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Editorial Obiter

By now, if you’re a regular reader of Law Times, you may have heard about the upcoming election for Law Society of Ontario benchers to take place on April 30.

The number of candidates running — now 145 people, after Bencher Jack Braithwaite was elected as the only candidate nominated in the northeast electoral region — is the highest it’s been since 1995.

Law Times has launched a website focused exclusively on election issues, at, that features nearly 40 self-authored candidate profiles (and growing) of paralegals and lawyers who want to be elected.

We’ve also seen a huge response in the debate that’s been taking place online through the hash tag we created, #BencherElection2019.

In particular, since reporter Anita Balakrishnan reported on a slate of candidates that are all running on a joint platform of repealing the statement of principles, there has been a vociferous discussion about how voters see the future of their profession and who they want representing them. In our coverage, we have intentionally committed to covering a wide variety of issues, including a look this week at what some candidates would like to see scrutinized when it comes to annual fees they pay to the Law Society of Ontario.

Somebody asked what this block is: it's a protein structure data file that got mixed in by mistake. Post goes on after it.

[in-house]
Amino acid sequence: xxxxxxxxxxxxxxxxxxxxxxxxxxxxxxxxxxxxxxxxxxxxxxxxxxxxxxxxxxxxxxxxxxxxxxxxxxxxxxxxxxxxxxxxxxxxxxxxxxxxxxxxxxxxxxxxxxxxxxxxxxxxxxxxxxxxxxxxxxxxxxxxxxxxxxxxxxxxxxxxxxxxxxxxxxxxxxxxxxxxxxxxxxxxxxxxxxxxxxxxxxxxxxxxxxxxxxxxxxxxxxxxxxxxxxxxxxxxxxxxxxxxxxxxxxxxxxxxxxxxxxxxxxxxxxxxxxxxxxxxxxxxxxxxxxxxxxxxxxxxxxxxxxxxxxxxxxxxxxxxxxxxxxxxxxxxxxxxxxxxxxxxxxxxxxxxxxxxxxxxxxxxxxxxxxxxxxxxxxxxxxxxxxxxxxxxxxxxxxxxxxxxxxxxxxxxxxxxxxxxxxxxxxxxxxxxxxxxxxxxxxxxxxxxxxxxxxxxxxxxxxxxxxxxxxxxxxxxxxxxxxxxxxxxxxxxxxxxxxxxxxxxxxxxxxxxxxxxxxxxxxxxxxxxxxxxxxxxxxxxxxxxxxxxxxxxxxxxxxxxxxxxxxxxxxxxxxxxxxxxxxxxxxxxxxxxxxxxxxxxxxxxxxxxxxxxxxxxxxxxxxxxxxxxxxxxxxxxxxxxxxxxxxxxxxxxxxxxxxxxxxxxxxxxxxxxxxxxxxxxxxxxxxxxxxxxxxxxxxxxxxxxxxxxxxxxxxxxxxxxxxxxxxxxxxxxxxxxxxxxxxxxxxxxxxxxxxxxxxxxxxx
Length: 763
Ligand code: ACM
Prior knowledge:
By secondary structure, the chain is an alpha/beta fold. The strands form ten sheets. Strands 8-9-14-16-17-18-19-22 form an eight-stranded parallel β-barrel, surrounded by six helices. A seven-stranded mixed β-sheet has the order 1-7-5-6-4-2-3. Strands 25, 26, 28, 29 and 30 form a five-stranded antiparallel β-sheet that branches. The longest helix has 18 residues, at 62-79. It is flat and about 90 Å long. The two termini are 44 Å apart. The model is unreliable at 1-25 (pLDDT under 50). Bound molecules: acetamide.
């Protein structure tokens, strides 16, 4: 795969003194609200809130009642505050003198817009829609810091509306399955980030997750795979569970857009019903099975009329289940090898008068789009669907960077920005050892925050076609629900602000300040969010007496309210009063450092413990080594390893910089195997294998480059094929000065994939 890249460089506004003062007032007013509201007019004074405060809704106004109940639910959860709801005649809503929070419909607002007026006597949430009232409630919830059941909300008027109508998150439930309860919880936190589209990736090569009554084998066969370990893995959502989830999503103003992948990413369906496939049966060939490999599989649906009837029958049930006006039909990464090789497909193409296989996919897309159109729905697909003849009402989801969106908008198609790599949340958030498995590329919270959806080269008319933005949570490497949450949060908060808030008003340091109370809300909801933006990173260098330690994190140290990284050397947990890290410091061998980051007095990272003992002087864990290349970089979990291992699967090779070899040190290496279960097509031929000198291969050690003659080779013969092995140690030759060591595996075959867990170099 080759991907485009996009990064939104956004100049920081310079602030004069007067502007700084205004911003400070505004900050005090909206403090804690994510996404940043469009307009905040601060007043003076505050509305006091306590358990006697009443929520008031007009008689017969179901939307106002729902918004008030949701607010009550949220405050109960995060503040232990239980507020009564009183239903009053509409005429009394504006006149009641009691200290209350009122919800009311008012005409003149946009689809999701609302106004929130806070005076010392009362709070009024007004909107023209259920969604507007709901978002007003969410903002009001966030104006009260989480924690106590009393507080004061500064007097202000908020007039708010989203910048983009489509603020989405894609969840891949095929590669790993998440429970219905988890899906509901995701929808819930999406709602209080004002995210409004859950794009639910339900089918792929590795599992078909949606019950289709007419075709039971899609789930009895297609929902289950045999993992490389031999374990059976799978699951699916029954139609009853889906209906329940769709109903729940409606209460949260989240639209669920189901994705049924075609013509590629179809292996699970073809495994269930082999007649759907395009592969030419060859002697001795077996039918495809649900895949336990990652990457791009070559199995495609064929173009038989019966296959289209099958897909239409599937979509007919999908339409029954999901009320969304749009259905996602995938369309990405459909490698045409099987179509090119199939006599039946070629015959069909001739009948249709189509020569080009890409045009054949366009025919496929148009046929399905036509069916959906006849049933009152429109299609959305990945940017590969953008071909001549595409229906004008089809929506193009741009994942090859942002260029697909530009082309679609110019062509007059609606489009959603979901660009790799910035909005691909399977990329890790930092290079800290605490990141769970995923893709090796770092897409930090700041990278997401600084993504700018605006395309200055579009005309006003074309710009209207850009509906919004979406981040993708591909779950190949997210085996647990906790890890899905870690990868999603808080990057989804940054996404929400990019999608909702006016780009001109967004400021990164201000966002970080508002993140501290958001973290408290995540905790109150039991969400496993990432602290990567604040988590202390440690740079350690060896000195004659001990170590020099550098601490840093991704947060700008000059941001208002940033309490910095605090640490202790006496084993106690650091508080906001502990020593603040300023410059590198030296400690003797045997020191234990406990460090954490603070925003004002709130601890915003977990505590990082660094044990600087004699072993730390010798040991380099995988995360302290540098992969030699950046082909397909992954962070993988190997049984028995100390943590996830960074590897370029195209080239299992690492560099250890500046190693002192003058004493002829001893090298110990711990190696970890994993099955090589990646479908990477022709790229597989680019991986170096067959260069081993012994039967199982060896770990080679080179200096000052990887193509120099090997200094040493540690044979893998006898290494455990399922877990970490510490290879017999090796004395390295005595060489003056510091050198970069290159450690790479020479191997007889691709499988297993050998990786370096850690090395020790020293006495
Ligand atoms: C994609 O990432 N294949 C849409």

“If you look at the budget, the starting proposition is ‘This is what we want, therefore, this is what it is going to cost,” says E. Patrick Shea, a partner at Gowling WLG in Toronto, who is running for bencher.

“Maybe we can’t do it all, though.”

As part of the piece, we’ve included figures about the fee changes over time, so voters and readers can determine their top issues as they select the next members of Convocation.

We’ve also included information about the overall dropping rate of voter turnout in elections. Our goal in having a dedicated site is to share as much information as possible with readers.

Whether it’s online or in print (not all lawyers are on Twitter, as some have very crucially noted), we’re working hard to follow up on issues of importance to our readers and the profession as a whole.

Law Times Poll

A group of benchers opposed to the Statement of Principles will need to win the support of their colleagues to repeal the requirement. Do you think they will be successful in repealing the statement of principles in the coming year?